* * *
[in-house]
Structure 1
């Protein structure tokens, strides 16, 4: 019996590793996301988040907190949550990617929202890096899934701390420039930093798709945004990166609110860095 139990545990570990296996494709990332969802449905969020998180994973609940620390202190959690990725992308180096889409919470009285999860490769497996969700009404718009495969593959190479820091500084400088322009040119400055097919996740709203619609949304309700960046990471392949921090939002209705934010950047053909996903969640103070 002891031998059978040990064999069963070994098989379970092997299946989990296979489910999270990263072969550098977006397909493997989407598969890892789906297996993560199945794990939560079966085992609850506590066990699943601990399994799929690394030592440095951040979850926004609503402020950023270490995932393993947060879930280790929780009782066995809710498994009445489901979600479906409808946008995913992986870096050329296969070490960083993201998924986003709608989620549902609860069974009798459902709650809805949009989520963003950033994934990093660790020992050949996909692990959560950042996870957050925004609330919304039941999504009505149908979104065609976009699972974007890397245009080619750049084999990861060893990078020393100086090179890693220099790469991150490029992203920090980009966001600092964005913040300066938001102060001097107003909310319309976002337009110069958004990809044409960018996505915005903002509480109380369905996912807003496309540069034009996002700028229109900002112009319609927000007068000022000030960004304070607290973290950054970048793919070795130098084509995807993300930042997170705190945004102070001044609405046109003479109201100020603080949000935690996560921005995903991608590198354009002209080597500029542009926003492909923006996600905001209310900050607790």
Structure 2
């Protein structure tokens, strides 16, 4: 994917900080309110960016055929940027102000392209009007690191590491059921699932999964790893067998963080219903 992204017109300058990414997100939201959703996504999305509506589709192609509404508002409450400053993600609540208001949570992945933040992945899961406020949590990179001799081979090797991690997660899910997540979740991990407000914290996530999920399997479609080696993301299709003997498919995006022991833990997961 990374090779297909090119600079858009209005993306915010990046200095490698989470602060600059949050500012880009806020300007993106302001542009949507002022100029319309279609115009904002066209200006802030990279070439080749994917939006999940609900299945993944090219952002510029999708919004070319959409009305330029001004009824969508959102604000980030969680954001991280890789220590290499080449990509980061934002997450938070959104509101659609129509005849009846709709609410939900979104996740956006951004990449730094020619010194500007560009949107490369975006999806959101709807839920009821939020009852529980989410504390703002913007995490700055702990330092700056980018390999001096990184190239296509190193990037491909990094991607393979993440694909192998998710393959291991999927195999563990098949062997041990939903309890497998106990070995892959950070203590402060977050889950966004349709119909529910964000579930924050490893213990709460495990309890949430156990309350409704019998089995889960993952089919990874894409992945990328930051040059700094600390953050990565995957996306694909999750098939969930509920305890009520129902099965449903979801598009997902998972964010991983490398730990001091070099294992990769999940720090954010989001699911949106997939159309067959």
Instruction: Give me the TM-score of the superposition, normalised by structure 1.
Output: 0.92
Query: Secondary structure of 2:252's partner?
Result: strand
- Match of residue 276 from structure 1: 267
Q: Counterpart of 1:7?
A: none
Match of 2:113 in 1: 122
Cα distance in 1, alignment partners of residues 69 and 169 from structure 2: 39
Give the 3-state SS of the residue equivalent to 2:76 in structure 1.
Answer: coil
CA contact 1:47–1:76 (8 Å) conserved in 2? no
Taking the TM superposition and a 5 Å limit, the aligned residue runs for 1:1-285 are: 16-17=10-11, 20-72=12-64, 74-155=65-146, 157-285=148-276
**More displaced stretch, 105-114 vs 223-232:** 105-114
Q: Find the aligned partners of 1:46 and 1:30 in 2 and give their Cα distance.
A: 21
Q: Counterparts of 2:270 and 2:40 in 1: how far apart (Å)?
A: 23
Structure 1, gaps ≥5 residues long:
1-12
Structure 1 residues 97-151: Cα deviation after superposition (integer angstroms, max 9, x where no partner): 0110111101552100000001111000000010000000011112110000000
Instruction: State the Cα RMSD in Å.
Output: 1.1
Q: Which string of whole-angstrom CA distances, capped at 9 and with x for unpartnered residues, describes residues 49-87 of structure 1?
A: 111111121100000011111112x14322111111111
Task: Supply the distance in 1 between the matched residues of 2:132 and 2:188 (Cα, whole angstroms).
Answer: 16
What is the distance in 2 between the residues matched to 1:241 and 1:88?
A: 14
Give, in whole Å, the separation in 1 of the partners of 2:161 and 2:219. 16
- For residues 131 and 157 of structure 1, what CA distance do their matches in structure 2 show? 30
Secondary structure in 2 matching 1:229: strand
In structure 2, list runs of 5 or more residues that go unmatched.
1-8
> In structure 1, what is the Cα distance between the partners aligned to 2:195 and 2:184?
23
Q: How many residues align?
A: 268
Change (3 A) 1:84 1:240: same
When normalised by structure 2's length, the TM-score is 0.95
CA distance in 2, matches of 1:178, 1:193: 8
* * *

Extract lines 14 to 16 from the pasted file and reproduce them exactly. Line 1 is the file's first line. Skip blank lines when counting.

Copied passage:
Cα distance in 1, alignment partners of residues 69 and 169 from structure 2: 39
Give the 3-state SS of the residue equivalent to 2:76 in structure 1.
Answer: coil